PESHAWAR: The Khyber Pakhtunkhwa Bar Council on Wednesday extended the strike of lawyers across the province against changes to the Code of Civil Procedure until Oct 27.
The strike had begun on Oct 17 with the lawyers asking the provincial government to reverse the controversial amendments.
The decision to extend strike was made during a meeting attended by KPBC vice-chairman Shahid Raza Malik and other members.
The participants also decided that a meeting of the representatives of all bar associations in the province would be called on Oct 24 to finalise the future course of action on the matter.
They said the lawyers could stage protests outside the provincial assembly building, Governor’s House and Chief Minister’s House.
Threaten protests outside assembly and CM, governor houses
They asked all bar associations to hold meetings and peaceful rallies and send proposals to the KPBC for consideration.
The participants warned lawyers of strict action over the violation of strike decision.
The strike decision was taken by the KPBC on Oct 16.
The lawyers stayed away from the Peshawar High Court and district courts leading to the adjournment of most cases.
The KPBC said a designated committee of the bar council had held several meetings with the government representatives, who promised that amendments would be made to the CCP in line with the per recommendations made by the committee so as to reverse controversial changes made in the law last year.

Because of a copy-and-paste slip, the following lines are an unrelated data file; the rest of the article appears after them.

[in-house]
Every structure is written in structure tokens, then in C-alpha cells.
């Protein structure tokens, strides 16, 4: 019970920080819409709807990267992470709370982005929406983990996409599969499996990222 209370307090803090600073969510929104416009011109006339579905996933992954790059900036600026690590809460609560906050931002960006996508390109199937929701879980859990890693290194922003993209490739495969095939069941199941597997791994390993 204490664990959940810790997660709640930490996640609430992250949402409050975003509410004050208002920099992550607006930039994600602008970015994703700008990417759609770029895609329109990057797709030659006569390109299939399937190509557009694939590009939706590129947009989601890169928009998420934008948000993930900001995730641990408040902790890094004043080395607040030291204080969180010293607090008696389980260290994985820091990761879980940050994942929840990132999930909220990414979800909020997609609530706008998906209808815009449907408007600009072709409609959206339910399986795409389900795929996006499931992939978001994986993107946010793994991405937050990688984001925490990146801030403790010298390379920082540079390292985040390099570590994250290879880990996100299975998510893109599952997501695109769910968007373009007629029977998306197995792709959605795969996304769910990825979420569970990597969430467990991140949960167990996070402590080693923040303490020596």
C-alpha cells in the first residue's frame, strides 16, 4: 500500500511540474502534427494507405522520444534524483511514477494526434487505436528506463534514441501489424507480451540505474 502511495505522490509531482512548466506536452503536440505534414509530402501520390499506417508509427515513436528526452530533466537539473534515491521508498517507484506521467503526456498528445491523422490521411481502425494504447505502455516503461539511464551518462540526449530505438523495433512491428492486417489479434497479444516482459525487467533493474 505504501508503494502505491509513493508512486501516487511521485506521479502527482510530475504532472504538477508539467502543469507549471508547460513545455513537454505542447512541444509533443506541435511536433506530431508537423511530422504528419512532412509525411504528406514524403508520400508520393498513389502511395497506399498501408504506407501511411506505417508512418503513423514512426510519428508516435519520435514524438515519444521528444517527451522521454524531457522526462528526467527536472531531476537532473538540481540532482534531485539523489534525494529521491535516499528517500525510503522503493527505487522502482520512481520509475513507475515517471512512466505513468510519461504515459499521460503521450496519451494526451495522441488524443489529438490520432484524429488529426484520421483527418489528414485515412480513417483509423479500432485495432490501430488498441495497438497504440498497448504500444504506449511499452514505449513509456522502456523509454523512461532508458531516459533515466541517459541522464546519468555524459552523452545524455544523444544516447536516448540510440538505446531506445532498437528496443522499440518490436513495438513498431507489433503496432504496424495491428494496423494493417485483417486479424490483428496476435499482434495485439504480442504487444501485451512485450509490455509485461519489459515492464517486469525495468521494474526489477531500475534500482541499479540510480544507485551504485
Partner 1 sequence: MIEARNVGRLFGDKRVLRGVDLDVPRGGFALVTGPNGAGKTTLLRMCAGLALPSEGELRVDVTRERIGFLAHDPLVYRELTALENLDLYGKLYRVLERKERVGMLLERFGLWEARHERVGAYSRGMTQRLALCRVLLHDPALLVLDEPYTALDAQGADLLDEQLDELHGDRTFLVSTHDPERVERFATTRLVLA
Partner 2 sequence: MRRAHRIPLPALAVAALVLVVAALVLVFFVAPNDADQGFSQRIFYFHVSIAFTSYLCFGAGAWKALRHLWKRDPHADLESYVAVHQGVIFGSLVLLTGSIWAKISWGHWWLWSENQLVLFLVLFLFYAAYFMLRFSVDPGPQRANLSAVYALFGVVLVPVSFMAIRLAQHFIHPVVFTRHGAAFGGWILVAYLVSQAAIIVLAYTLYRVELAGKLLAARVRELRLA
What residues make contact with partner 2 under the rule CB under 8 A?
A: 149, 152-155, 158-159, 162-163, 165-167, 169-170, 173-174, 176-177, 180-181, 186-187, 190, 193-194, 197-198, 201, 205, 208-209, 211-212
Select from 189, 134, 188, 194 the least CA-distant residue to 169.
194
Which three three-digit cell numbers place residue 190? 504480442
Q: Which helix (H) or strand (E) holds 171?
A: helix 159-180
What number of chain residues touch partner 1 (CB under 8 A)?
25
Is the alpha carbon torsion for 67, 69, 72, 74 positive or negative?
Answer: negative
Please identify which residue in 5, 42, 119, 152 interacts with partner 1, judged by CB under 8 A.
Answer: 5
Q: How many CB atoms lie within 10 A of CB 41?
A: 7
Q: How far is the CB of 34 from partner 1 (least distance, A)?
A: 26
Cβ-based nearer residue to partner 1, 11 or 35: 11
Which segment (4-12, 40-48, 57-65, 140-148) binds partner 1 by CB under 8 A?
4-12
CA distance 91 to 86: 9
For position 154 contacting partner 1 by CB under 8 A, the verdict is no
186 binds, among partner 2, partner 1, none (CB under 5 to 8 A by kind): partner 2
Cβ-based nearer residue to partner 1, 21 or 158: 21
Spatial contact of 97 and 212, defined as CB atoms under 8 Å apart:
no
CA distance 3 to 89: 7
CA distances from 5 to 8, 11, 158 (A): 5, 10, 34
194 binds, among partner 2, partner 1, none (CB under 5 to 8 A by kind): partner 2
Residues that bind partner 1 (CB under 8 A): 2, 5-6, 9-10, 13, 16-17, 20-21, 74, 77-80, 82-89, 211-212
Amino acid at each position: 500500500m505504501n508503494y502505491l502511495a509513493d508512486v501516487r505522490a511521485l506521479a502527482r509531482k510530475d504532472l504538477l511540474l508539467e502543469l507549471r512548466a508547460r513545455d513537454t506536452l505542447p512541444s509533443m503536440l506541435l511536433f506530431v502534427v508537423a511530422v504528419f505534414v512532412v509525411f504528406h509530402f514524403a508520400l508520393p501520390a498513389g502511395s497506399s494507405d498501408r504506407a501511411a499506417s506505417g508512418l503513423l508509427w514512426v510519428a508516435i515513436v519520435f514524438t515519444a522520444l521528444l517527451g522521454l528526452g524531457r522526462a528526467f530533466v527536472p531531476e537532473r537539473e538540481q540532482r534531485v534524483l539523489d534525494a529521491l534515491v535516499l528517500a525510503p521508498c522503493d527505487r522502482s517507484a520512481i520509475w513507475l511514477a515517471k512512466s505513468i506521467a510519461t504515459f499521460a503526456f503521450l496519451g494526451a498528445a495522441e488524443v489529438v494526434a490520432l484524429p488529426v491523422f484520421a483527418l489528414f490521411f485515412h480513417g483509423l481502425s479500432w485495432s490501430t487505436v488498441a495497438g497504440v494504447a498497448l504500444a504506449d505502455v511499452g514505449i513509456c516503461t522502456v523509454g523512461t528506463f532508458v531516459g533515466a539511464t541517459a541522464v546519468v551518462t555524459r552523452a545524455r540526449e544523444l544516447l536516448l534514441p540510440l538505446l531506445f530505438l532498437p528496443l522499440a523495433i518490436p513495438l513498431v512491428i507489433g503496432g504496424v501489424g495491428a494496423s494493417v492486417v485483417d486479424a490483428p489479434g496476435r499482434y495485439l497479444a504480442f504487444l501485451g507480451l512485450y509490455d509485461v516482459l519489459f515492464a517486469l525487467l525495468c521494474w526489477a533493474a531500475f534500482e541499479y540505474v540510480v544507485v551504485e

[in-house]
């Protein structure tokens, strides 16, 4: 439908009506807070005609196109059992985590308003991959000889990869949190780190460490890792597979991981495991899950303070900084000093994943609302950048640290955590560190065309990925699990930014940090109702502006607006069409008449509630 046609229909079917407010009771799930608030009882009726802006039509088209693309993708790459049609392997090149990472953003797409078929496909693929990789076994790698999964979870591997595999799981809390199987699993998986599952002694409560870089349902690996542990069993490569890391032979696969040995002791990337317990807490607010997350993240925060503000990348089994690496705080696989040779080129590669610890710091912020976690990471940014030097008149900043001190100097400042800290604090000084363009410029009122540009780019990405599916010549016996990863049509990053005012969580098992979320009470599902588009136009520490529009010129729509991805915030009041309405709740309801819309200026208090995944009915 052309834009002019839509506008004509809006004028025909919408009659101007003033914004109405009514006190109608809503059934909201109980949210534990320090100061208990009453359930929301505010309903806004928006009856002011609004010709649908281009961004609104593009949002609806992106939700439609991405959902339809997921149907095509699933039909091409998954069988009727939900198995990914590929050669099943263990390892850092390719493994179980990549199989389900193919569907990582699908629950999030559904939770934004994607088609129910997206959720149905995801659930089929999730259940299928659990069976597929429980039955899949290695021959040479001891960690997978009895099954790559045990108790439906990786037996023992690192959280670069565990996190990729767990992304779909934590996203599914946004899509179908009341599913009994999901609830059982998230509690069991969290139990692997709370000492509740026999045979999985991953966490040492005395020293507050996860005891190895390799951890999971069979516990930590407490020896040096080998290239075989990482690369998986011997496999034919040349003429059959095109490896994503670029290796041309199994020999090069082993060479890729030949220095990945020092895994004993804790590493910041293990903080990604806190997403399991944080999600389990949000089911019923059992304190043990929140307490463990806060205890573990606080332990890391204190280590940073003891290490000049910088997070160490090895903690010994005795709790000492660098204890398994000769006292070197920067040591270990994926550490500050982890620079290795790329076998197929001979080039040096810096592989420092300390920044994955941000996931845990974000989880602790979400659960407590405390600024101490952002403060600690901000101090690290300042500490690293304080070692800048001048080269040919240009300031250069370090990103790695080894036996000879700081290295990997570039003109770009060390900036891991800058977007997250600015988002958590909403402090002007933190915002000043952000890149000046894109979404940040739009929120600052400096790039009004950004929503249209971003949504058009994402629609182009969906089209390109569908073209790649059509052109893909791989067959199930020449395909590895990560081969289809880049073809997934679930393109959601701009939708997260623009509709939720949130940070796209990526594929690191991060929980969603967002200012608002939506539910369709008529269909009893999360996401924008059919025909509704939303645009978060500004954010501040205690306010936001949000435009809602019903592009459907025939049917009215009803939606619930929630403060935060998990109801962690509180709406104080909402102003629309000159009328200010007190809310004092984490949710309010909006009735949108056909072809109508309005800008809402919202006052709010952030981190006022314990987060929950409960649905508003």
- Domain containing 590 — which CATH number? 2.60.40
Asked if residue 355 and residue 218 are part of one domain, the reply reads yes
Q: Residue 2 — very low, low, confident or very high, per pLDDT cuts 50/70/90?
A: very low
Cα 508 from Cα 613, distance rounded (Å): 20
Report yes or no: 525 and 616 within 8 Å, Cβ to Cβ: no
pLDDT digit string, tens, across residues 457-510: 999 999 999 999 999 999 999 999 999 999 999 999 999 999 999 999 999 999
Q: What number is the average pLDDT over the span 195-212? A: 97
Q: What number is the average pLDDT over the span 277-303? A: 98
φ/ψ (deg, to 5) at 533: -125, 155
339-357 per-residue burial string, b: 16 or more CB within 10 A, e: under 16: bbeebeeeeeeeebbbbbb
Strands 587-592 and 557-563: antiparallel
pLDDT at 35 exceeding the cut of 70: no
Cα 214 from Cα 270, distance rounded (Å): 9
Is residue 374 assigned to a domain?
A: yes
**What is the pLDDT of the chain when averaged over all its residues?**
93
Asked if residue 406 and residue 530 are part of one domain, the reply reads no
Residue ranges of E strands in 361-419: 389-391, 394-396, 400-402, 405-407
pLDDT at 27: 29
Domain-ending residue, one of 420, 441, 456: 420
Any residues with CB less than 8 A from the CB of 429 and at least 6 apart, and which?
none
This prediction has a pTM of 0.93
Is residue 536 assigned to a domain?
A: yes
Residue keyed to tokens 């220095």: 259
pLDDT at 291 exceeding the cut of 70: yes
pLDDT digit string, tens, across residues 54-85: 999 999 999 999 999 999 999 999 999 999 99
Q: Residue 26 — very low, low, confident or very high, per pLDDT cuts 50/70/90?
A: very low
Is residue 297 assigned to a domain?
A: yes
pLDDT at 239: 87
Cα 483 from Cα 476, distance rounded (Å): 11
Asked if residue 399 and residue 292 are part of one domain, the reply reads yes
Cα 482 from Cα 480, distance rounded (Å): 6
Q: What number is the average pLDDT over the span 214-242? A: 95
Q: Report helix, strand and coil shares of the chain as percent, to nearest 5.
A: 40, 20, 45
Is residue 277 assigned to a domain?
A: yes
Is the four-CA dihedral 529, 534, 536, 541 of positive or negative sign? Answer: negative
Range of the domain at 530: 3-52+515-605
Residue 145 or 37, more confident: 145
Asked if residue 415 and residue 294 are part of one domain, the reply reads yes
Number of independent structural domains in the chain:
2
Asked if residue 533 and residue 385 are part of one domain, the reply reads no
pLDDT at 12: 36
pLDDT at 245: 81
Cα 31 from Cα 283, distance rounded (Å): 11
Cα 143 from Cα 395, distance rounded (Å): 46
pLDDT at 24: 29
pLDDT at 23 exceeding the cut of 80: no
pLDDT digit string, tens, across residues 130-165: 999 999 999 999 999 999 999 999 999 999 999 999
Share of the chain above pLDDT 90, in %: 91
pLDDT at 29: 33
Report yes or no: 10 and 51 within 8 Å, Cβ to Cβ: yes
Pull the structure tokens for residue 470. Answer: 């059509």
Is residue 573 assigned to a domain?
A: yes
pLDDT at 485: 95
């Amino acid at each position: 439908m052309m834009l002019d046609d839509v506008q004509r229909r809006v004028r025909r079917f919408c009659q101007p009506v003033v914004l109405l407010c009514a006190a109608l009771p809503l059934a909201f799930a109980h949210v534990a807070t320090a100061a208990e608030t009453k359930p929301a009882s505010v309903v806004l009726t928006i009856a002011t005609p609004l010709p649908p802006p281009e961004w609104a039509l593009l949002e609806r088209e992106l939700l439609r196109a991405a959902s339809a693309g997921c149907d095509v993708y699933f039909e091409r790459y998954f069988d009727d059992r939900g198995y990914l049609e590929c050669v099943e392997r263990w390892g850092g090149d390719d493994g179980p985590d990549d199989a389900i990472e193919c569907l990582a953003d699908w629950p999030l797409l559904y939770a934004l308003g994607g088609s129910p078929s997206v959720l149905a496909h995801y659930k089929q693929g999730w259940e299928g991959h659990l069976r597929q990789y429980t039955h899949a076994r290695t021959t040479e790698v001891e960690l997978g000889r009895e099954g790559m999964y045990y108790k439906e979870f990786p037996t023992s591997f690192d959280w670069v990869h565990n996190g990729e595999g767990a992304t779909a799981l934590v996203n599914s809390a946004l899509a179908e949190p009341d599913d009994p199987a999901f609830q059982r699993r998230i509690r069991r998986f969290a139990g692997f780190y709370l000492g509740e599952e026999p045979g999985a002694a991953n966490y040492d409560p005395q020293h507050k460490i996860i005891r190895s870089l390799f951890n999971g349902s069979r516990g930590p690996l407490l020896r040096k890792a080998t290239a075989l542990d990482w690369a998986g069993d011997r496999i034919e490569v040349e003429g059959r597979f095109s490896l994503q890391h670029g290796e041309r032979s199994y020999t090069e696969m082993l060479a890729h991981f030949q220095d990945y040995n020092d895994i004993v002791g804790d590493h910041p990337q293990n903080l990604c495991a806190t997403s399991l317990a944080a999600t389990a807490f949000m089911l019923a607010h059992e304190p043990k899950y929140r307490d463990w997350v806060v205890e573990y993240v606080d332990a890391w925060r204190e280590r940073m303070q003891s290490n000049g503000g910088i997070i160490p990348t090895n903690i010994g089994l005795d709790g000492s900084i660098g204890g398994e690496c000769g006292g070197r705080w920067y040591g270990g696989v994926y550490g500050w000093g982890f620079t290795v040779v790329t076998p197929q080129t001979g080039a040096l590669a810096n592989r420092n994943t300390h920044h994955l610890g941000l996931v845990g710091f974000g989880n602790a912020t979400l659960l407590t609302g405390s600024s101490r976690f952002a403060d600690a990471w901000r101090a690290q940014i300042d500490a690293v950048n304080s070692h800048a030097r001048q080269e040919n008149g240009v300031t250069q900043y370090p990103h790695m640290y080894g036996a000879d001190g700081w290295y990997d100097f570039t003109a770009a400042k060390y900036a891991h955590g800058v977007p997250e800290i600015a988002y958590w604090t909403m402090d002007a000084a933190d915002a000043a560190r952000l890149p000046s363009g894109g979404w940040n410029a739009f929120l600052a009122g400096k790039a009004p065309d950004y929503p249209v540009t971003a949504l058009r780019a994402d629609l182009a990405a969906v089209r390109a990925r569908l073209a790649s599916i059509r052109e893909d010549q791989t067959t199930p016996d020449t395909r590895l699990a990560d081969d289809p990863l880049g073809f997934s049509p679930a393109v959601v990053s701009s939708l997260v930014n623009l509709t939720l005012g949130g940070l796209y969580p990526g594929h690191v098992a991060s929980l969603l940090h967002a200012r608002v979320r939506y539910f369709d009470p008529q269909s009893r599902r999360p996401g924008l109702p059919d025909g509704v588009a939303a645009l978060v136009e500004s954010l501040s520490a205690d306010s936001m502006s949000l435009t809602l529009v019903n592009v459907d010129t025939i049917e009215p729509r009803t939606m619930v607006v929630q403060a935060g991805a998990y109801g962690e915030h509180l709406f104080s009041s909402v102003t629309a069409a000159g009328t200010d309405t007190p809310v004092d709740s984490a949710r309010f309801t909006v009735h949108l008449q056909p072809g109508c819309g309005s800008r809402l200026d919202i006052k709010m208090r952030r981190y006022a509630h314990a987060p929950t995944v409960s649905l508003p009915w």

Early this year, the bar council had observed a strike for 23 days before called off on Jan 30.
Meanwhile, the Peshawar High Court on Wednesday sought reply from the provincial government until Oct 27 to a petition against the last year’s CCP amendments.
A bench consisting of Justice Mohammad Nasir Mehfooz and Justice Syed Arshad Ali fixed Oct 27 for the next hearing into the petition filed by the KPBC.
The petitioner has requested the court to declare unconstitutional and against the principal of natural justice the Khyber Pakhtunkhwa Code of Civil Procedure (Amendment) Act, 2019, through which drastic changes were made to the CCP.
The respondents in the petition are the provincial government through chief secretary, secretaries of the establishment and law departments, principal secretary to the chief minister, and provincial assembly’s secretary.
Scores of lawyers appeared before the bench contending that a new section, 26-C, had been added to the CCP and if that provision took effect, it would put extra burden on litigants and cause complications.
They said Section 26-C, which dealt with the framing of issues, filing of list of witnesses and recording of evidence, was absolutely unreasonable, illogical and against basic principle of justice.
The lawyers said Section 26-C, which prescribed the mode of recording evidence by a commission, went against the basic principles of the law.
They said without amending the Civil Court Ordinance, 1962, amendments made to the CCP was an exercise in futility.
Published in Dawn, October 22nd, 2020